A blog post about parsley and garlic? Weird, right? But really, I felt like that I could make a pretty meaningful blog post about these two things because these are two ingredients that have really made an impact on the way I work in the kitchen.
Parsley and garlic are two of the ingredients that goes into almost all of the things we cook. We go through a lot of it in such little time. We treat the two ingredients the same and just finely mince it. Sounds simple, right? Wrong. We take our minced parsley and garlic serious at the Harvest Vine. “When you think you are done mincing, chop for twenty minutes.” This is what I was told the first time cutting parsley and garlic.
But why all the trouble? Why not just chop the garlic in the robocoupe? Why not just rough chop the parsley? These are the questions that we get from customers or new chefs all the time. The harvest vine has been established for a little more than 14 years and since the beginning, this was the standard that has been set and it hasn’t change. When you put garlic in a food processor, the garlic releases their oils causing them to react differently when it is cooked. There is also the higher chance of bruising the garlic, making it oxidize and taste bitter. We always use our sharpest knives to ensure the best results. The same goes with the parsley. Why take all the time to carefully pick each leaf off the stem, wash it, and then wait for it to dry if all you’re going to do is poorly chop your parsley causing it to bruise and take away the freshness that we are looking for?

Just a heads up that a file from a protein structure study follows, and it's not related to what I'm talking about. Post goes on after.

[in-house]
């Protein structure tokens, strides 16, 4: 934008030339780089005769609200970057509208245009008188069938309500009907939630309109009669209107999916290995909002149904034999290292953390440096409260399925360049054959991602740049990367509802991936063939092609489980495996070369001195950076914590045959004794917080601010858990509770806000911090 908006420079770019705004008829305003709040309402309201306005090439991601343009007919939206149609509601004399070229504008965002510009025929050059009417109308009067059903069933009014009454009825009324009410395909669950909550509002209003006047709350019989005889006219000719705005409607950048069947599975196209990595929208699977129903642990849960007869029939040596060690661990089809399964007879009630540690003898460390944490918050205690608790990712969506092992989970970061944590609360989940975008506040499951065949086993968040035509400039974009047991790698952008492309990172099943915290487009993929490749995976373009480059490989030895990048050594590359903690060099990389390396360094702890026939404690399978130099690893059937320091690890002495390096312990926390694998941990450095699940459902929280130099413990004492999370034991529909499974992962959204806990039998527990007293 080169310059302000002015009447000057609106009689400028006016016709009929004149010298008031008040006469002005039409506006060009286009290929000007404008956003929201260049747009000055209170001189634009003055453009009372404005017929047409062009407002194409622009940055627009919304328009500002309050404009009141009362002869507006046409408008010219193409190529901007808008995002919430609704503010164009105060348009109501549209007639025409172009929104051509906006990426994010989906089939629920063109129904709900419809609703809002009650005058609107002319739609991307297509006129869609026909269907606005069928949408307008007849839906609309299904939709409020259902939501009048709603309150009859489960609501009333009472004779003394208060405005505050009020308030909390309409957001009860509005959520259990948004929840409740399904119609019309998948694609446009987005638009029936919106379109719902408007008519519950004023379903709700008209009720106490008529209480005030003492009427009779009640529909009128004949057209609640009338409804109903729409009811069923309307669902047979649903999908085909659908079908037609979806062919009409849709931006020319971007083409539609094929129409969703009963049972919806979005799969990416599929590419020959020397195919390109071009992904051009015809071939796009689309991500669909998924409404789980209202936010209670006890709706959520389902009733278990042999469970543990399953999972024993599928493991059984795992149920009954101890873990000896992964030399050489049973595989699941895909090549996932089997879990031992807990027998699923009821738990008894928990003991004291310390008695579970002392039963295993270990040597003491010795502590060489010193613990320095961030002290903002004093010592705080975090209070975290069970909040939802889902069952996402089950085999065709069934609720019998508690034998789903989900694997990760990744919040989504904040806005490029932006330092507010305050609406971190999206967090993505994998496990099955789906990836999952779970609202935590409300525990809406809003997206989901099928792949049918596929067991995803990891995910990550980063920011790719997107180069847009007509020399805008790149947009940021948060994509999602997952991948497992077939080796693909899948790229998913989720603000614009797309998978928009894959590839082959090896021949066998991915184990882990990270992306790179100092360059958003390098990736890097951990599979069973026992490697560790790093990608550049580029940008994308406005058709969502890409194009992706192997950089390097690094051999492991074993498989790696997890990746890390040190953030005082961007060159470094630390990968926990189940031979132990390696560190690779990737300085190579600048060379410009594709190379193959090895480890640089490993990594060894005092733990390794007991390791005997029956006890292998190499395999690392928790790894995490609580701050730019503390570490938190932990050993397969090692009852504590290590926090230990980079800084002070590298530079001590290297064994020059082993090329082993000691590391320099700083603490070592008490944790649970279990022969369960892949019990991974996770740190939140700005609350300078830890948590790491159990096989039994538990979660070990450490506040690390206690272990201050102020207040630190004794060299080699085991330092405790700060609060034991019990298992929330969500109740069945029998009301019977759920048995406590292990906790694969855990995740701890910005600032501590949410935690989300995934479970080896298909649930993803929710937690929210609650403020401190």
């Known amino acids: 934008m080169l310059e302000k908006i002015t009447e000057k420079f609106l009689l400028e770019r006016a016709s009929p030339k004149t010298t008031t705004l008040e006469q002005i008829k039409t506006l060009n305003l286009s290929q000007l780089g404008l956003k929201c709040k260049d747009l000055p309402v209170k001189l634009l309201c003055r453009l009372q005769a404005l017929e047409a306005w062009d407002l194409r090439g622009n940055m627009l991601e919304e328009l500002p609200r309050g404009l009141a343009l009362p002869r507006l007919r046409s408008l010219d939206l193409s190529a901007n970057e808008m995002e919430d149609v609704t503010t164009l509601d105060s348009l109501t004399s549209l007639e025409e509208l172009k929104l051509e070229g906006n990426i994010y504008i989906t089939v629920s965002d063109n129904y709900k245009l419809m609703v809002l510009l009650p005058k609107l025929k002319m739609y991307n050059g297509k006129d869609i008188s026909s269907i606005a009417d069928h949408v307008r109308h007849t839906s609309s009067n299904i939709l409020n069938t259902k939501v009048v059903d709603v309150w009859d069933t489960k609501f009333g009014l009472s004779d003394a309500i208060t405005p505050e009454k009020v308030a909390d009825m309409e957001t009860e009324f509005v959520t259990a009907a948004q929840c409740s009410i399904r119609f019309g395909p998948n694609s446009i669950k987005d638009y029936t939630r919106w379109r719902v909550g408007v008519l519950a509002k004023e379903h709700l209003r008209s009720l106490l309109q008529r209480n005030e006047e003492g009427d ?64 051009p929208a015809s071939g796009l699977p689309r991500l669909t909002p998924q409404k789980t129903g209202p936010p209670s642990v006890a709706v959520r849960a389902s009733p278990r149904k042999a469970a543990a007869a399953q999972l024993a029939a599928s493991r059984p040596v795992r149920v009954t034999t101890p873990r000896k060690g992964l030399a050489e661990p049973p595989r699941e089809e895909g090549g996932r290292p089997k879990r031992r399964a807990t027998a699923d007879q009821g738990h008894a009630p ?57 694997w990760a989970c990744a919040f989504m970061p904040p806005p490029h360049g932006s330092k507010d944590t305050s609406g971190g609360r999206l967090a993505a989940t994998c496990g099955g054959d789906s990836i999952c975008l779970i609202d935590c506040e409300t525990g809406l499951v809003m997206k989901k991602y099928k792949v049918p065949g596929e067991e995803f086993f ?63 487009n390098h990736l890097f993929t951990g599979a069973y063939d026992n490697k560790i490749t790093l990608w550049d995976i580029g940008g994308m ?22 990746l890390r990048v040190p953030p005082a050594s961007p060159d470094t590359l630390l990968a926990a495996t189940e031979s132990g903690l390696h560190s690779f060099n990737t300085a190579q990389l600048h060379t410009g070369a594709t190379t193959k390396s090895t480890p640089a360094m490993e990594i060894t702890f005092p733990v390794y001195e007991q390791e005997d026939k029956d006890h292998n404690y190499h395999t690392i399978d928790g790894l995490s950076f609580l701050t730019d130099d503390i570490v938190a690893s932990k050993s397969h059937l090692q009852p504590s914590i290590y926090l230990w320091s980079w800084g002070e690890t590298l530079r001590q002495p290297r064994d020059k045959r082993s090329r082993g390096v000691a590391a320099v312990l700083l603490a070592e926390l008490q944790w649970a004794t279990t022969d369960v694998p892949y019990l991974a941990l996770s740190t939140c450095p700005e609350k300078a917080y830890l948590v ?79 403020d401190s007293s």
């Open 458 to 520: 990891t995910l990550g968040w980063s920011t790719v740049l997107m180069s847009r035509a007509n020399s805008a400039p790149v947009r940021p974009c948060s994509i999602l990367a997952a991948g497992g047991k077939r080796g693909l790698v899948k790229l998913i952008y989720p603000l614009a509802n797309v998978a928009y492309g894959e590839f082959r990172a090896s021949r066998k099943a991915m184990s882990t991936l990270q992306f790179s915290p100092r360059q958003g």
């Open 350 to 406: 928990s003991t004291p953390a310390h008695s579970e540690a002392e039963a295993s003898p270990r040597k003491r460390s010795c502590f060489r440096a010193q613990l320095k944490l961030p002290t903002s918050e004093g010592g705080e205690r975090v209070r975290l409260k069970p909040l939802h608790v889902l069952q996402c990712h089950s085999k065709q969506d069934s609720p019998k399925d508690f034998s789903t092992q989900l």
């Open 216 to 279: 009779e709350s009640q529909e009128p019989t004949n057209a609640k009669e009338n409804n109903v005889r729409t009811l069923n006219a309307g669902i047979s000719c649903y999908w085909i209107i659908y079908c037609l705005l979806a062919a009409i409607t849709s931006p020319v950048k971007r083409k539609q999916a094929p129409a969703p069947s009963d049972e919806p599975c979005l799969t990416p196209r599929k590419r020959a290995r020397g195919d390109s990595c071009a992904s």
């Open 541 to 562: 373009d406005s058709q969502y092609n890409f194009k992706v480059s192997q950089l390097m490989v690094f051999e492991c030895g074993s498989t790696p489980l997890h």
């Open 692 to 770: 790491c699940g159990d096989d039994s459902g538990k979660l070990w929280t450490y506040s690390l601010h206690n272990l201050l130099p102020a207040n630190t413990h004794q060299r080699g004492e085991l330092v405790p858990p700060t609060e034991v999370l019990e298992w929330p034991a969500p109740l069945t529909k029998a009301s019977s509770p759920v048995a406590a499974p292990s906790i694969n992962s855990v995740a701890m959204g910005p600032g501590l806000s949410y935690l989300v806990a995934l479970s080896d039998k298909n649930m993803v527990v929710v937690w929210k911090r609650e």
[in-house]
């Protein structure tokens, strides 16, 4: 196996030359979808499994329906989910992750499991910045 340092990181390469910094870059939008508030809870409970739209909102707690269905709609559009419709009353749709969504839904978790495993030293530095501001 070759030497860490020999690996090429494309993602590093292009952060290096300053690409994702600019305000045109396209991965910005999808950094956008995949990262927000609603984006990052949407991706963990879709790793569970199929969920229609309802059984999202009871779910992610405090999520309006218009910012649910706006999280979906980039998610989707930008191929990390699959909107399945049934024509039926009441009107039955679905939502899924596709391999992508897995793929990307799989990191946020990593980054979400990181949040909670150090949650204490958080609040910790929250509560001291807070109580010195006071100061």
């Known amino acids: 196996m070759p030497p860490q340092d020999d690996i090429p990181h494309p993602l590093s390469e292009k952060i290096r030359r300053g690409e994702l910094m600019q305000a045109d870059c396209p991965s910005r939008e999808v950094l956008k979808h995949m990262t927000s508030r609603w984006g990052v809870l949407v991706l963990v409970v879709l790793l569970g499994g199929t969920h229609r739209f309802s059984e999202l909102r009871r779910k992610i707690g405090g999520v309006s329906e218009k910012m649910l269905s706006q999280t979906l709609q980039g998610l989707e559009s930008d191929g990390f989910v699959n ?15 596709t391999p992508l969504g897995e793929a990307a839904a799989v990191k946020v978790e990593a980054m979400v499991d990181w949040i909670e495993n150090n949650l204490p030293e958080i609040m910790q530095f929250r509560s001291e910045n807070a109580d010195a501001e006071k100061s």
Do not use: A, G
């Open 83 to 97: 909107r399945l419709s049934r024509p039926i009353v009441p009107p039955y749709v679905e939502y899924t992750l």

This is the first task I was put on when I first interned at Txori and the Harvest Vine. It is also the first task we give our interns that we are so grateful for them to join us in the kitchen. From cutting parsley and garlic this way, I have learned so much about the standards of quality that is set in a fine dining establishment. It has taught me to be persistent and attentive to the way I prep not just these two things, but everything that I put my hands on because I believe that you get out as much as the effort you put into it. We only aim for the best.